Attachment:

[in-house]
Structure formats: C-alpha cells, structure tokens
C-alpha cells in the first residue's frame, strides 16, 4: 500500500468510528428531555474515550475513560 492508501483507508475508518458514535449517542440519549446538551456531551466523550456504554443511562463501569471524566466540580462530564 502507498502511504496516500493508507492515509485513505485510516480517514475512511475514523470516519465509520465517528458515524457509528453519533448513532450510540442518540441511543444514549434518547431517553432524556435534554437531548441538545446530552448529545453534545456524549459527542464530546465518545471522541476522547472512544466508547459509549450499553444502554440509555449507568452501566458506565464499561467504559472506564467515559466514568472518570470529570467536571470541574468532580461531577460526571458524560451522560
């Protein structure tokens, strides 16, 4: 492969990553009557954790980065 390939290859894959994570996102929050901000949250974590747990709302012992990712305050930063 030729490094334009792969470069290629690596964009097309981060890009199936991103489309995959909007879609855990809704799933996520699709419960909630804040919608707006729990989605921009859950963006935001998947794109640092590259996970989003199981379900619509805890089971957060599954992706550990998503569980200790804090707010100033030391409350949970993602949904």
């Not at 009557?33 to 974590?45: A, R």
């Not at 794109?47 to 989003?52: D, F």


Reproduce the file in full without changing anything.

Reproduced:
[in-house]
Structure formats: C-alpha cells, structure tokens
C-alpha cells in the first residue's frame, strides 16, 4: 500500500468510528428531555474515550475513560 492508501483507508475508518458514535449517542440519549446538551456531551466523550456504554443511562463501569471524566466540580462530564 502507498502511504496516500493508507492515509485513505485510516480517514475512511475514523470516519465509520465517528458515524457509528453519533448513532450510540442518540441511543444514549434518547431517553432524556435534554437531548441538545446530552448529545453534545456524549459527542464530546465518545471522541476522547472512544466508547459509549450499553444502554440509555449507568452501566458506565464499561467504559472506564467515559466514568472518570470529570467536571470541574468532580461531577460526571458524560451522560
């Protein structure tokens, strides 16, 4: 492969990553009557954790980065 390939290859894959994570996102929050901000949250974590747990709302012992990712305050930063 030729490094334009792969470069290629690596964009097309981060890009199936991103489309995959909007879609855990809704799933996520699709419960909630804040919608707006729990989605921009859950963006935001998947794109640092590259996970989003199981379900619509805890089971957060599954992706550990998503569980200790804090707010100033030391409350949970993602949904």
């Not at 009557?33 to 974590?45: A, R």
């Not at 794109?47 to 989003?52: D, F």